Jalapeno Lager

In my Bootstrap review, I talked at length about the simple brilliance of their chili beer.  Upslope took this idea even further by taking their lager and adding a halved jalapeno to each can.  While this was an interesting idea, I wound up with a lot of floating seeds, one of which got caught in my throat leading to a coughing fit I could’ve done without.  Don’t let me trick you into thinking I didn’t like it, because it brought a nice, light spice to a beer I already love.  What they’ve done here is make a chili beer where you get to decide the amount of spice in your beer by “aging” the cans, which is an absolutely fascinating concept.  I hope it catches on.

Photo by Thomas Kolicko

New Saison

With a cloudy straw color and little head, I was expecting a great deal of yeast flavor when I put this pint to my lips.  What I got instead is something I didn’t think was possible–a more refreshing beer than Upslope’s Lager.  It has a pleasantly sweet flavor balanced with a lightly sour Belgian undertone and a quick finish that leaves you feeling refreshed and clean.  At 6.6%, seasoned craft brewers will find this a nicely sessionable beer perfect for a day in the sunshine.  While I hope all the brews at Upslope Get Down get put into circulation, if they have to pick one, this is it.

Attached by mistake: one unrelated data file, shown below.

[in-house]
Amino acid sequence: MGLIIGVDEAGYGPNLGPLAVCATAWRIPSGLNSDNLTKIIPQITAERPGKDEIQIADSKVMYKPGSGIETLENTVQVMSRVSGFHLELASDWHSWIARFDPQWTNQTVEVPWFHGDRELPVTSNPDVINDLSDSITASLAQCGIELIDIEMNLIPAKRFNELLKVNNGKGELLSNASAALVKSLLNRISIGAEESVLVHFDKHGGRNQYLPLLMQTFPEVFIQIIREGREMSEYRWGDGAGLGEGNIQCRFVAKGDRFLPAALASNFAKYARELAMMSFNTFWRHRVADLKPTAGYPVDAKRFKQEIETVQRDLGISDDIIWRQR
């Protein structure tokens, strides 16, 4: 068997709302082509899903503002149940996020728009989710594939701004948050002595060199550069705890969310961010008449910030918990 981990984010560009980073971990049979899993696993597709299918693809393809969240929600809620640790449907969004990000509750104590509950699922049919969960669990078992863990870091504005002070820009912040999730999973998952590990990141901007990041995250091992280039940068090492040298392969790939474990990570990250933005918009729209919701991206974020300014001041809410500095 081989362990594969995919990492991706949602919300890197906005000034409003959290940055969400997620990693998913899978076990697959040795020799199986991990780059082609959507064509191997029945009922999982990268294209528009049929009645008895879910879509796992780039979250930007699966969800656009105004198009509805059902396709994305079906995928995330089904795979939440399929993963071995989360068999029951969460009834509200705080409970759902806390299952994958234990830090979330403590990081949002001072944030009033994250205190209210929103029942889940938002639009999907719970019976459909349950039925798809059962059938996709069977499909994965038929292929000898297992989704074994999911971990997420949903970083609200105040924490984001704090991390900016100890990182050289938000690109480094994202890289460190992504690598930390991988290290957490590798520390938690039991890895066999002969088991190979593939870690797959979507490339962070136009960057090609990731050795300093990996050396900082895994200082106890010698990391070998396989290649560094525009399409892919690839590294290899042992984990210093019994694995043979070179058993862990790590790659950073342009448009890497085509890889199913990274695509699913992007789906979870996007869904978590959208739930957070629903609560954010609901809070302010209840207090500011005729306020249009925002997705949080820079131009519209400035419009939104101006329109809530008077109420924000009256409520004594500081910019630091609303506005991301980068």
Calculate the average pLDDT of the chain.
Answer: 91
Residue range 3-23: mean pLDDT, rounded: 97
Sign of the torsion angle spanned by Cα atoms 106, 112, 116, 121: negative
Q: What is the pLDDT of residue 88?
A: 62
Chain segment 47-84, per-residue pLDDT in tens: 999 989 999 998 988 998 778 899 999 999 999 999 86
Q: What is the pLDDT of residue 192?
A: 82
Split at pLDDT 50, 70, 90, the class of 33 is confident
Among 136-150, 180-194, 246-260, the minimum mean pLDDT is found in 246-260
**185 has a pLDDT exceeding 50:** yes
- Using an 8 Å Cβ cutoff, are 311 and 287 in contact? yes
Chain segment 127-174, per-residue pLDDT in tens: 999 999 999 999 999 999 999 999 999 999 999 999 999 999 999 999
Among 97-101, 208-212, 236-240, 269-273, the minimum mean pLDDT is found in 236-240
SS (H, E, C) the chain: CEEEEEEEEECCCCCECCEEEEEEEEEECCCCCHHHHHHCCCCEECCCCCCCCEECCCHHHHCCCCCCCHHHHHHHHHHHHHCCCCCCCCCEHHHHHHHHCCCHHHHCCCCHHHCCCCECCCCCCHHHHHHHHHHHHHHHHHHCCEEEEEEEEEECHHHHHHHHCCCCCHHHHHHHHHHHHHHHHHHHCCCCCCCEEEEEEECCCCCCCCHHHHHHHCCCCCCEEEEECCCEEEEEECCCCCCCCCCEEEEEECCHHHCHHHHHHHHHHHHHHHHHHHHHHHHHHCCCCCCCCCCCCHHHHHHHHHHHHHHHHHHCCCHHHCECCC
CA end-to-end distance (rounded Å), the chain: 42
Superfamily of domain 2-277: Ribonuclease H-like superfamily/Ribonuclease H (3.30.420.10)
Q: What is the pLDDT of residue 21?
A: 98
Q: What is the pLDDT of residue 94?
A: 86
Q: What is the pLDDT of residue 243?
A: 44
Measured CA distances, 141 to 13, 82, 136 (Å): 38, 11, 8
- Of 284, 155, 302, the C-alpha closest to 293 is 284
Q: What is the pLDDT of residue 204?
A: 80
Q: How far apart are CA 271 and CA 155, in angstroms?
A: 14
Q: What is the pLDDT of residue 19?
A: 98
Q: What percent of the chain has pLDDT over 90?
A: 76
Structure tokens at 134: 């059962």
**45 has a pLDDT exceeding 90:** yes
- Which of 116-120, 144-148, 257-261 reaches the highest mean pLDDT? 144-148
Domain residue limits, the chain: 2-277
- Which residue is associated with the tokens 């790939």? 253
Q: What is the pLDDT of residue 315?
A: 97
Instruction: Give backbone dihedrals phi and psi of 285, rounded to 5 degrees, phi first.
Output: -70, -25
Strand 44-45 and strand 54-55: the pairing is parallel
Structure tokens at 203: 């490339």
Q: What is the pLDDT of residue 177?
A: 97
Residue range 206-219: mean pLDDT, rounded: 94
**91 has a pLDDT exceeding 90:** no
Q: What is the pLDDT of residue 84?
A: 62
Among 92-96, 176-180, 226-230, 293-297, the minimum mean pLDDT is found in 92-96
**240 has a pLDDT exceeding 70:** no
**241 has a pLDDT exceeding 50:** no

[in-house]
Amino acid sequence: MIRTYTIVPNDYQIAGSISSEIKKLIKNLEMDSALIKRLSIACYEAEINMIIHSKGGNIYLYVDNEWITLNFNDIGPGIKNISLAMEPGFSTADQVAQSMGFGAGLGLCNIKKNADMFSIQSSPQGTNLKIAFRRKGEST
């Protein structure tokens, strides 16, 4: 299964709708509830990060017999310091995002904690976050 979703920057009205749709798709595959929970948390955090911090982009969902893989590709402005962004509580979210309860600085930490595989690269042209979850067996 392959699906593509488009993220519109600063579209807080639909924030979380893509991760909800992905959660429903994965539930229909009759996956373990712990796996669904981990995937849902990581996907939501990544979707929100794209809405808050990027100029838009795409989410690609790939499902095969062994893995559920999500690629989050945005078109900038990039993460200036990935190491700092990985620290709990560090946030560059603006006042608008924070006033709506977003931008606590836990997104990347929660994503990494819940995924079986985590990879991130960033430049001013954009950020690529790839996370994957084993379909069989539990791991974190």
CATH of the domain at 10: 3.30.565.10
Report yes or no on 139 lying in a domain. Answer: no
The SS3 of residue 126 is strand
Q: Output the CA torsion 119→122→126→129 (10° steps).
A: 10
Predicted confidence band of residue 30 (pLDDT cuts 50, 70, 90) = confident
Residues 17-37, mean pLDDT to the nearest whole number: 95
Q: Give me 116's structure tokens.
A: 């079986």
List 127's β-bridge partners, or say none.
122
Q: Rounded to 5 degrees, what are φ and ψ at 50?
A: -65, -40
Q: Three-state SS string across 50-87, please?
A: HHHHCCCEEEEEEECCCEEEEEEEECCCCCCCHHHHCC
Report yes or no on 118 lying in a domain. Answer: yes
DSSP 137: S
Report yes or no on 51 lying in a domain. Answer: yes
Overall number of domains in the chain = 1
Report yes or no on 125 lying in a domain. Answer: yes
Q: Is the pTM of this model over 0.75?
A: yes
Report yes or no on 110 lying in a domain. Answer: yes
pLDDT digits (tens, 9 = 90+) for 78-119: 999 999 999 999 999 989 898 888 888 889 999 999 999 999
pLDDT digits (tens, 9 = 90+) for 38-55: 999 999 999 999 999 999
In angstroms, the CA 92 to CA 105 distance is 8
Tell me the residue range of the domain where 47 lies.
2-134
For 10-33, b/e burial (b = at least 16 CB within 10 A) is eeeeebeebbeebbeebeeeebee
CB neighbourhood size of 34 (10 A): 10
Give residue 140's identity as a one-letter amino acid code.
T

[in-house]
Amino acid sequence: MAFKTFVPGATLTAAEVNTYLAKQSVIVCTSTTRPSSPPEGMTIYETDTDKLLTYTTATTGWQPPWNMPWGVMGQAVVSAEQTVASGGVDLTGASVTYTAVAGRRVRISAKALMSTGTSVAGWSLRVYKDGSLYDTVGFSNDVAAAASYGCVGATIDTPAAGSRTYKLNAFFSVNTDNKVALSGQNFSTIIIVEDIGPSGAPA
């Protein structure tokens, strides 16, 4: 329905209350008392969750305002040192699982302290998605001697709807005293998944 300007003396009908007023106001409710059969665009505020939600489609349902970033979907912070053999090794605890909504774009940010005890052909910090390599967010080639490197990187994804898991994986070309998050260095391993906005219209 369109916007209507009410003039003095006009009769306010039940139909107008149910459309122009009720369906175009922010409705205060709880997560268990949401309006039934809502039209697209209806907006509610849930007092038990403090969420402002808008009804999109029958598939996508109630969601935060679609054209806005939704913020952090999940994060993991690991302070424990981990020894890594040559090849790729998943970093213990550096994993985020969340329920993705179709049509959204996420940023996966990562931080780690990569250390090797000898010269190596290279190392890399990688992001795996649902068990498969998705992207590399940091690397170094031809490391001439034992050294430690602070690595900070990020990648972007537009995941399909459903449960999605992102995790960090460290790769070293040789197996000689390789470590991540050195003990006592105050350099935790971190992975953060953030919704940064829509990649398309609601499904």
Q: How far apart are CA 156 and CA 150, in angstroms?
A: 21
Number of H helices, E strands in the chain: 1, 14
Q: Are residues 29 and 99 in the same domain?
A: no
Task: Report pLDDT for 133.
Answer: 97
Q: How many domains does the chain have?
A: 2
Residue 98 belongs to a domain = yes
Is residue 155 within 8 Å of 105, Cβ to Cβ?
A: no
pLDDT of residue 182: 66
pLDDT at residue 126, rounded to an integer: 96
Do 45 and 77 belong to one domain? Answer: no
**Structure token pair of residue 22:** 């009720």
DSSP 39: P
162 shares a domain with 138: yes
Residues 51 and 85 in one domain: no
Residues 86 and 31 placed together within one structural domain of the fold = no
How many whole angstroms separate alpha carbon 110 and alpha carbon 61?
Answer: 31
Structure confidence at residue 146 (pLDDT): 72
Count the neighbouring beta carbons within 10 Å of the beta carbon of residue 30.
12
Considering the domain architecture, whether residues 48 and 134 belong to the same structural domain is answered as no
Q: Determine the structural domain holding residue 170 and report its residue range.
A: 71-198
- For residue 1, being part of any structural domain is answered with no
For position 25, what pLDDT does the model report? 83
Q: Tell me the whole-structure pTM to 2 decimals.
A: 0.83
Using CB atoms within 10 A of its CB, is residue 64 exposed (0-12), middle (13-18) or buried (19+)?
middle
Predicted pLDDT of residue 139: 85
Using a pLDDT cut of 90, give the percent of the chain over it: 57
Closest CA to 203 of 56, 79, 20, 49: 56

While I’m not what you’d call a music expert, I consider myself to be something a connoisseur of drinking outdoors, and the Upslope Get Down Music Fest is as good as it gets.  Between the music, the food, the people, and the beers, even a torrential downpour could not have ruined the good time.  But the weather cooperated and everyone had a blast.  Keep an eye out the next time Upslope decides to throw a party–it will be an event you’ll want to attend.

Discover more from 303 Magazine

Subscribe now to keep reading and get access to the full archive.

Continue reading